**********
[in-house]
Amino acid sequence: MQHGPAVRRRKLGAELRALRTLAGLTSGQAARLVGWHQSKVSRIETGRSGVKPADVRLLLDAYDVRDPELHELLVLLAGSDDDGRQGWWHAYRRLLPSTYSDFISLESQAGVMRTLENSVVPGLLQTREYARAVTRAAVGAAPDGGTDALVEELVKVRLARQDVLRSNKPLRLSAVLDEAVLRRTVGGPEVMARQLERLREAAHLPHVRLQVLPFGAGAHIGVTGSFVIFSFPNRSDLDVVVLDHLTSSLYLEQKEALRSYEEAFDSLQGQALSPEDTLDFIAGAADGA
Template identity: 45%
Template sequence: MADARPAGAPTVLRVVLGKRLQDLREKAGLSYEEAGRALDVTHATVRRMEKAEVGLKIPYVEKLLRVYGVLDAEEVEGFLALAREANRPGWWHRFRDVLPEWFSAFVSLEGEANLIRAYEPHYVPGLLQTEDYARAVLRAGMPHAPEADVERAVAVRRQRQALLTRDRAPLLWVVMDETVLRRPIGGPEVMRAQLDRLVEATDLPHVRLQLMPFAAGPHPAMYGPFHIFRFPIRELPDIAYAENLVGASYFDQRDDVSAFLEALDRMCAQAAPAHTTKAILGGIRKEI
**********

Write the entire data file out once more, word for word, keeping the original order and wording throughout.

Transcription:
[in-house]
Amino acid sequence: MQHGPAVRRRKLGAELRALRTLAGLTSGQAARLVGWHQSKVSRIETGRSGVKPADVRLLLDAYDVRDPELHELLVLLAGSDDDGRQGWWHAYRRLLPSTYSDFISLESQAGVMRTLENSVVPGLLQTREYARAVTRAAVGAAPDGGTDALVEELVKVRLARQDVLRSNKPLRLSAVLDEAVLRRTVGGPEVMARQLERLREAAHLPHVRLQVLPFGAGAHIGVTGSFVIFSFPNRSDLDVVVLDHLTSSLYLEQKEALRSYEEAFDSLQGQALSPEDTLDFIAGAADGA
Template identity: 45%
Template sequence: MADARPAGAPTVLRVVLGKRLQDLREKAGLSYEEAGRALDVTHATVRRMEKAEVGLKIPYVEKLLRVYGVLDAEEVEGFLALAREANRPGWWHRFRDVLPEWFSAFVSLEGEANLIRAYEPHYVPGLLQTEDYARAVLRAGMPHAPEADVERAVAVRRQRQALLTRDRAPLLWVVMDETVLRRPIGGPEVMRAQLDRLVEATDLPHVRLQLMPFAAGPHPAMYGPFHIFRFPIRELPDIAYAENLVGASYFDQRDDVSAFLEALDRMCAQAAPAHTTKAILGGIRKEI